Career DayA Casual EnvironmentCareer Day - RSS 2.0
For those working at PopCap, he says the lifestyle is pretty casual. "We get to have beer/food Fridays, do two to three companywide volunteer days a year. We bring non-profits in to talk to people about donating (and match donations). We encourage, nay, force people to play games at work, and we really try to make sure people are able to spend time with their families and not kill themselves working insanely long hours. Many of us are 'refugees' from the hardcore side of the business, and none of us want to go back to working 60-plus hour work weeks!" He emphasizes that it's important that people get a chance to "breathe," saying, "If you're working 60-80 hours a week, you're probably not happy, probably not productive over the long haul, can't really make the decisions and are definitely not as creative as you should be. What's funny is that if you really respect people's personal time, you'll have people a lot more happy when they do have to work longer hours."
The sort of person they're looking for is "someone who has a high level of personal accountability, and who wants to get shit done. People who want to play politics, build empires or half-ass it tend to get weeded out very quickly. We also need people who can have a vision for something and move that forward. You don't have a say at PopCap because you have a title. You have a say at PopCap because you say intelligent things, listen, and have gotten a lot of quality work done. ... The company culture is one of 'nothing is ever good enough.' When we add a new feature to a game, we always ask ourselves how to make it better. When we release a new redesign on the website, we immediately want to redesign it again to make it even better. We do something great, slap ourselves on the back and then immediately try to do something better."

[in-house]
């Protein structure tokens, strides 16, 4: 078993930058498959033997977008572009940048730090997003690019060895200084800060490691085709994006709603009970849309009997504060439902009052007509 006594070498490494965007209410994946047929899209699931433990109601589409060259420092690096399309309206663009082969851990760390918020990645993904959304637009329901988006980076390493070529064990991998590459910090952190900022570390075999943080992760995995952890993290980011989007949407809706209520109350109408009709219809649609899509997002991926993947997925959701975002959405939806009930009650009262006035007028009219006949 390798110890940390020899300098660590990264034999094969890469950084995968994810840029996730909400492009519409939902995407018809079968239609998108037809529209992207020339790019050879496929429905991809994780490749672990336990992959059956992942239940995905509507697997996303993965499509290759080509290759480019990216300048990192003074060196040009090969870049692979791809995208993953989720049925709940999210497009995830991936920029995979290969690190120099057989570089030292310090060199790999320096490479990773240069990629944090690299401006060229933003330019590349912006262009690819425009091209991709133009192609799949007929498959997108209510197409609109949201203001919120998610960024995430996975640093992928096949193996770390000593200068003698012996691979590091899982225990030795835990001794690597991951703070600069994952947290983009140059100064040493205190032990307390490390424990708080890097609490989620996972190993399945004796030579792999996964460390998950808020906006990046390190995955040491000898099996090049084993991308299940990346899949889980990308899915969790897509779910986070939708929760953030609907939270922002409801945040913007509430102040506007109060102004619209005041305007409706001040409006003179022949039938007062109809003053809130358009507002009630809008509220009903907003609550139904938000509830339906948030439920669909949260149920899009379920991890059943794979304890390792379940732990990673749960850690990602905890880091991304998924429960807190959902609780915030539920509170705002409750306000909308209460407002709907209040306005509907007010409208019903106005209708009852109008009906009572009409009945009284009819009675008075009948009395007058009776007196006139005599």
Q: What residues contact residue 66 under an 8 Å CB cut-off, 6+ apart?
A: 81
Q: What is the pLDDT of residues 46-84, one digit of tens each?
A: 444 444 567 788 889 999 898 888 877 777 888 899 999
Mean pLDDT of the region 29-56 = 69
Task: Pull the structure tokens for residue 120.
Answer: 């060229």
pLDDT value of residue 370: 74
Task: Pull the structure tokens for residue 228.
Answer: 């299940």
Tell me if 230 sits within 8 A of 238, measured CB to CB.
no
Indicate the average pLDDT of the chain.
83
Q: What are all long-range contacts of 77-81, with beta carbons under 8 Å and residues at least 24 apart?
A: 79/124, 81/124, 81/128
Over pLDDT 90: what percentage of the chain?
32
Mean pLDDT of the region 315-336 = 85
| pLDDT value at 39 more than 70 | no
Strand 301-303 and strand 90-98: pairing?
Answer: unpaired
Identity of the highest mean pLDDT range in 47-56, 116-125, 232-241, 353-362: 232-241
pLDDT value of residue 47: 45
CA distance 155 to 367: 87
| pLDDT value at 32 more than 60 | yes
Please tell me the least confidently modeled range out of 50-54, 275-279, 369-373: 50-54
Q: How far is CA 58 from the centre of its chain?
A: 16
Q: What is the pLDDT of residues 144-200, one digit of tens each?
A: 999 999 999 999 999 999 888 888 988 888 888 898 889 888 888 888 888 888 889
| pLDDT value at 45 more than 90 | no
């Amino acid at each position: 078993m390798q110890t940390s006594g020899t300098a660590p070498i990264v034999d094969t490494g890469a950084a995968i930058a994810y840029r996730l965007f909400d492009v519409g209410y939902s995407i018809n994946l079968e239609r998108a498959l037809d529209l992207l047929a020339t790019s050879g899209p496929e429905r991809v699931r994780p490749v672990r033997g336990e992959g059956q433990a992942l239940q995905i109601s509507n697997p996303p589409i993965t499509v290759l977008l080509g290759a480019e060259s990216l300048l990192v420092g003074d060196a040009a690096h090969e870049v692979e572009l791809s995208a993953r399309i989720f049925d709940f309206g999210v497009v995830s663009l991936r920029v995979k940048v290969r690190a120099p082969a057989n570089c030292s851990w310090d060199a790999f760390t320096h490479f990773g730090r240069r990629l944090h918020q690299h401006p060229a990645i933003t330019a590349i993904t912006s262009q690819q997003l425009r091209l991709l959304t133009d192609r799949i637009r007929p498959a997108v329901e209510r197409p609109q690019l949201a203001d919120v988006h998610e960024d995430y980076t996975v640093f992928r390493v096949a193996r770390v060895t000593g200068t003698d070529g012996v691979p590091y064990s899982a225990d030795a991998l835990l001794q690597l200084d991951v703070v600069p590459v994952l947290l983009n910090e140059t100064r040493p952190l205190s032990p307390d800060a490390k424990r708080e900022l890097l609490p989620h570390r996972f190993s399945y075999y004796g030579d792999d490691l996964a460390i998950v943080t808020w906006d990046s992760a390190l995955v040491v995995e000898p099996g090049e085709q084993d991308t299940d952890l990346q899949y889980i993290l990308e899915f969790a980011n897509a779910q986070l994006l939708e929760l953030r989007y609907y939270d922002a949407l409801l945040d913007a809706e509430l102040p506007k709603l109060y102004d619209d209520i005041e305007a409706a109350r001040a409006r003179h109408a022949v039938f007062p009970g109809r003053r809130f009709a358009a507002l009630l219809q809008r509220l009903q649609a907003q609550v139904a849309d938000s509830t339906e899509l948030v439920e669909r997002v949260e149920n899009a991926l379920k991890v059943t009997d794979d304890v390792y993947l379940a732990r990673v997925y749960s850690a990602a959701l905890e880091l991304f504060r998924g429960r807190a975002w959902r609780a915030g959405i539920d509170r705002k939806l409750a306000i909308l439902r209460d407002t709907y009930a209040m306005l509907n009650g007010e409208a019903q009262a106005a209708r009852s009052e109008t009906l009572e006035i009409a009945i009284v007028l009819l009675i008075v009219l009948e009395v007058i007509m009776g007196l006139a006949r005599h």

Ultimately, Vechey says they're "building a company where people are able to enjoy doing really great things. We're a company where you put in your all because you know everyone else is, and a company where we're all on the same team, working towards the same goals. I know this all sounds clichéd, but it's true."
He uses a recent example from his team, where everyone had been working hard, but they also had to work weekends to get everything done. "The web managers and I asked everyone what would make their lives easier. Everyone came up with a great list of stuff that helped us optimize all of our development and processes on the team. No one tried to offload work, but when they saw what other groups needed, people would almost always step up to do more work to make everyone's life easier. It was great because it had the net benefit of making less extra 'work' for everyone, so we could take the time needed to do the important stuff."
The Stephanie Test: Stephanie Jessel, Senior HR Generalist/Staffing Specialist
Stephanie Jessel is an experienced HR Generalist with over eight years of experience, most of that time at fast-growing companies. She started at PopCap last October. "Given the growth of not only our company, but the casual games industry in general, we have had to work pretty fast to bring quality talent in house and build HR infrastructure at the same time, Jessel says. "It's been an unbelievably exciting time for me in my career."
"PopCap Material" varies from department to department, she says, "but the overarching profile that makes a super PopCap applicant is: Individuals that are outstanding performers in their discipline, strong at building relationships between dynamic groups and teams of people, are willing to take risks, ask questions, adaptable to a quickly moving and changing environment, capable of working under minimal guidance and process, are passionate about what they do and about games, and generally want to have fun." Perhaps understating a bit, she adds, "We don't ask for much!"